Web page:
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Warranty of a Horse. Scarrow v. M'Annally.

The Times, Tuesday Aug 31 1819 Cumberland Assizes, Carlisle, Friday Aug 27

Mr. TINDALL stated the pleadings. This was an action to recover damages for the sale of an unsound horse, the defendant having warranted him sound.

Mr. Sergeant HULLOCK opened the case to the Jury. The plaintiff was a respectable spirit-dealer in this town; the defendant, as his name implied, an Irish-man, and a horse-dealer. In August last year, the plaintiff bought a horse from the defendant, for which he gave a horse which he had formerly bought from him, and which he had complained of as unsound, at £43 and £19 to boot. The price was thus £62. It was found that the horse had a severe cold and cough. This the plaintiff hoped would soon be cured, and he kept the horse for that purpose. But when the cold was cured, the horse was found to be incurably lame. Mr. WILSON, a farrier of great experience and considerable character, saw him and pronounced him permanently unsound. The horse was turned to grass till Christmas, when the defendant again came to Carlisle, and was told that the horse was unsound. He first said that he had not warranted him; then, that he had not used the word warranty; next, that it had been a swap; and lastly, that the horse was not lame. He should now prove that there had been a warranty, and that the horse was lame, and known to the defendant to be so, when he sold him. The defendant had himself bought the horse at Boyle, in the July preceding, and a Mr. ROBINSON of this county had refused to buy up at that time, on account of his lameness, and told the defendant that he was lame. Nay, the defendant, after he had bought him, endeavoured to return him as unsound.

Mr. Isaac BOWS recollected being present with the parties on 15th August 1818, at the Lion and Lamb in this town. Mr. SCARROW mentioned to Mr. M'ANNALLY that he had had an unsound horse from him, and wished to return him. Mr. M'ANNALLY said that he had another horse in the stable that would suit him. The horse was taken out and mounted by Mr. SCARROW, who afterwards said he liked the horse very well if he was all sound and right. Mr. M'ANNALLY said he would warrant him as sound and good as any horse in England. In the plaintiff's counting-house they bargained at the price of £62. Mr. SCARROW had said before that he would not give a farthing for him if he was not warranted; and Mr. M'ANNALLY replied, that he warranted him as sound as any horse in England. When the bargain was made, Mr. SCARROW said, he hoped he had got a sound horse now. Mr. M'ANNALLY warranted him sound. Mr. M'ANNALLY agreed to take back the other horse at £43, and received £19 to boot. Witness saw M'ANNALLY in January last, when Mr. SCARROW said the horse was unsound and wished to get his money back. Mr. M'ANNALLY said he had not warranted him, and that said it had been a swap, and therefore that the horse could not be returned. As a reason for not returning the horse sooner, Mr. SCARROW said that he had not known where Mr. M'ANNALLY was to be found. Mr. M'ANNALLY was an Irish dealer in horses and cattle.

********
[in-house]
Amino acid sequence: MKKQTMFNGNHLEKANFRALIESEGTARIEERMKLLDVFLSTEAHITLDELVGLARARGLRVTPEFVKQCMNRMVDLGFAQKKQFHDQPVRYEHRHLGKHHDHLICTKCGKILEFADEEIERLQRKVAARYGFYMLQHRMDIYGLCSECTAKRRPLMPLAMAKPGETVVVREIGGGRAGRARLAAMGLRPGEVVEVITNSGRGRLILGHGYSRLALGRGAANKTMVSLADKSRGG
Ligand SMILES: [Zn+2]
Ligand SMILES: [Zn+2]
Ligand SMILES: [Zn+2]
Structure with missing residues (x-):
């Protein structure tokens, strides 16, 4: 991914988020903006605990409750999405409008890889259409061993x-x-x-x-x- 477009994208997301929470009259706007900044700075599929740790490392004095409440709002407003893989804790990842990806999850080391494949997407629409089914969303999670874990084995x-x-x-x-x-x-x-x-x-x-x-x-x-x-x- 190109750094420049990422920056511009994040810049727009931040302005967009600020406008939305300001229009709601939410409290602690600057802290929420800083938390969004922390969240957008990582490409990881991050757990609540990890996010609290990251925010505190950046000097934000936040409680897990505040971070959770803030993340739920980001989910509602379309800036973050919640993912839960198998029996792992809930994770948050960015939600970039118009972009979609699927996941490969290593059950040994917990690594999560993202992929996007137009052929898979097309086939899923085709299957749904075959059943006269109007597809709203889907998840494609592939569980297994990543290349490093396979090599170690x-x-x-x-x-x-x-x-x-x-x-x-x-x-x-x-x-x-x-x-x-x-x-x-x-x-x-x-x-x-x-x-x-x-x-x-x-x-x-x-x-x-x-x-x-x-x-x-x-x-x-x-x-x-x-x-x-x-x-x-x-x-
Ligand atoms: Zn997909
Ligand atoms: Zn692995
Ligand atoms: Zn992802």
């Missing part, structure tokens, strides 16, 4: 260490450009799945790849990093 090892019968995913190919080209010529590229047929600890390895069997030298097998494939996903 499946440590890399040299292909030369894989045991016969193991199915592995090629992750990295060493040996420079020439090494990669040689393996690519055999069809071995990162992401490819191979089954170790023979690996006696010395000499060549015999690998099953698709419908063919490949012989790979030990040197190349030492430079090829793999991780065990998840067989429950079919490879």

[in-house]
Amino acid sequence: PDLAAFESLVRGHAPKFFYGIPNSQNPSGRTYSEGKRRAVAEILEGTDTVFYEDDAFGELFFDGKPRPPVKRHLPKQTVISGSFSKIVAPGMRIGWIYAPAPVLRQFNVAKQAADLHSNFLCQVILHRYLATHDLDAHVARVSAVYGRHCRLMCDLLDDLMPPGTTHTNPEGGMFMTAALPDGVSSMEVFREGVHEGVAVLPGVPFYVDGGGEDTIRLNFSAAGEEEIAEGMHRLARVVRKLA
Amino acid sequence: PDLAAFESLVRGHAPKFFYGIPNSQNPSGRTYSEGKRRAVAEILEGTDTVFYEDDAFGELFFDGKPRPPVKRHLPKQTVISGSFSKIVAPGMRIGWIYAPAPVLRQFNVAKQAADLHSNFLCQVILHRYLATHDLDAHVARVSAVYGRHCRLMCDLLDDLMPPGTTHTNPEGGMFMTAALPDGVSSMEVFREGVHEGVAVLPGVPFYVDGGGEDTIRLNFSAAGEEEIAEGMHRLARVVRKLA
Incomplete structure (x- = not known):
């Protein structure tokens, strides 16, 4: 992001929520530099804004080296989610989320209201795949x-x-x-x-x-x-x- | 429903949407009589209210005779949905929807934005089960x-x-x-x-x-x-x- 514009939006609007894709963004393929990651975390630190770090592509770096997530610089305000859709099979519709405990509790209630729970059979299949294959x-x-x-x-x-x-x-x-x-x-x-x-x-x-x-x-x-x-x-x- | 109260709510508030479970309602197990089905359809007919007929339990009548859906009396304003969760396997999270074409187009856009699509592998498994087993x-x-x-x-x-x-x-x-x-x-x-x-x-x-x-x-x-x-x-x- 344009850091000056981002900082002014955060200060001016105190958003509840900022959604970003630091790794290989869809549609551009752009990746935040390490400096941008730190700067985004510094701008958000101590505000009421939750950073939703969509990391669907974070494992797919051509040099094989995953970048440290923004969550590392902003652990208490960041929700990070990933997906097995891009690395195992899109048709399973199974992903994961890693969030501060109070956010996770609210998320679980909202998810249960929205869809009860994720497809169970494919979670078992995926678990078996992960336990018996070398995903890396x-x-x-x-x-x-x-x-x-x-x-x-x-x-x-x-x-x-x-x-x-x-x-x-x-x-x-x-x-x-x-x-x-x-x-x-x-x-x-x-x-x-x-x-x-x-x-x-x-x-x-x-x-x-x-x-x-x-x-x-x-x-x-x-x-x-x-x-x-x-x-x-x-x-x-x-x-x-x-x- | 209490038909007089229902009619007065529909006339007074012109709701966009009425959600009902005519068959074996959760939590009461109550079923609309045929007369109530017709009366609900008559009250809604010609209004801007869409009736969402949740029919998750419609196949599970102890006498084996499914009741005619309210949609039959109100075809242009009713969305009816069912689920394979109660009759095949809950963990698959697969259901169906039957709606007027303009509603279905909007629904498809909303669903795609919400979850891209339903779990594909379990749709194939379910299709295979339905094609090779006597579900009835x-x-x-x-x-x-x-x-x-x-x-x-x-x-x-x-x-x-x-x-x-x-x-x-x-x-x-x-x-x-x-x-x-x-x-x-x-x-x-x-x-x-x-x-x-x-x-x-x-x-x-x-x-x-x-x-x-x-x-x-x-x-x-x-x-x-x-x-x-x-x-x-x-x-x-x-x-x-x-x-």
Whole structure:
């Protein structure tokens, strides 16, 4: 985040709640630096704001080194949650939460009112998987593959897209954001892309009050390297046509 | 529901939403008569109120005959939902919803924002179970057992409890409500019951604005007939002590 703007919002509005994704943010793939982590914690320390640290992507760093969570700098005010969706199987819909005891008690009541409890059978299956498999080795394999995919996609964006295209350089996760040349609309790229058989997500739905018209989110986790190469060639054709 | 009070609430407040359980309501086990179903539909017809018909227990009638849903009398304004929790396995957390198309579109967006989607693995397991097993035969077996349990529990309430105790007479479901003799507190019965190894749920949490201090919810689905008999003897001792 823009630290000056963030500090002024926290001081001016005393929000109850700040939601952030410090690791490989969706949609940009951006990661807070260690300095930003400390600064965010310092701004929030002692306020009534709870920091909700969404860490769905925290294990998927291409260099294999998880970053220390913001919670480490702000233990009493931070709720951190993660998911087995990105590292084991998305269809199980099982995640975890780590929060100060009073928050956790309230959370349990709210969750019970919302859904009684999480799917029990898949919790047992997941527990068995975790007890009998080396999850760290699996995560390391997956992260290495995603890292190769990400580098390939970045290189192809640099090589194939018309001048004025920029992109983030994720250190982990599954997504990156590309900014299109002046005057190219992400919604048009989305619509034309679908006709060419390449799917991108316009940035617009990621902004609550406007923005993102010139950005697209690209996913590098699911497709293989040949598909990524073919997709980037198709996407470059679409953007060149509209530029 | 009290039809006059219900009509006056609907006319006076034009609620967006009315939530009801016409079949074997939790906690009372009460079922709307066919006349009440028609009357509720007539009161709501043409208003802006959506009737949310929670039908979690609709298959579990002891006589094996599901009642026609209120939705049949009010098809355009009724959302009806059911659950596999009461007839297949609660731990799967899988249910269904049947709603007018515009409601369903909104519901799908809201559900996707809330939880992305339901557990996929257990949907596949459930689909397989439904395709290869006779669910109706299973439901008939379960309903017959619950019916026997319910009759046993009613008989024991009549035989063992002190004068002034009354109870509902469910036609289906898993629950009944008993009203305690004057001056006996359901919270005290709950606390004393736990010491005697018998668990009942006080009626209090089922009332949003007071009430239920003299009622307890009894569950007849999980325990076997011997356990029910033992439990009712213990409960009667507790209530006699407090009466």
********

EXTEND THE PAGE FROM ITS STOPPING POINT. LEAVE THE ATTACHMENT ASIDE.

Cross-examined by Mr. RAINE. He swore that he thought the landlord of the Lion and Lamb did not know where Mr. M'ANNALLY was to be found. Mr. SCARROW tried the horse at leaping. The first sum required was £65 Mr. Thomas WILSON, a farrier for 7 years in Carlisle, looked at the horse at the plaintiff's desire on the 17th August, and rode him. He found him lame in the off fore-limb as he rode along Scotch-street. The lameness subsided before he got off him. The lameness was in the foot from contraction. He imagined it could not have been occasioned since the preceding 5th. He saw him several times since, always lame. In his judgment he was an unsound horse.

Cross-examined. Riding him severely in hunting would make no difference as to the contraction of the sinews: he saw him in November, and saw one of his knees damaged: they had not been so the first time he examined him.

Re-examined in chief. - It was the near fore knee; it was only scraped. Mr. Joseph HENRY, about a month after the horse was bought, rode out with Mr. SCARROW, and observed the off fore foot to be very lame. Mr. SCARROW had great difficulty in keeping the horse from falling; witness wished M'ANNALLY to get the matter settled: M'ANNALLY said he never warranted him at all, had never used the expression, and had only said he was a sound horse.

Cross-examined by Mr. POLLOCK. - He dared say the defendant was always to be heard of at the Lion and Lamb: he was a great dealer, and a very respectable man: he thought he stayed a few days after the 15th.

Re-examined in chief. - He had gone at Mr. SCARROW's desire to the Lion and Lamb, to inquire after the defendant, about a month after the 15th of August; and he was told they did not know when he would be over.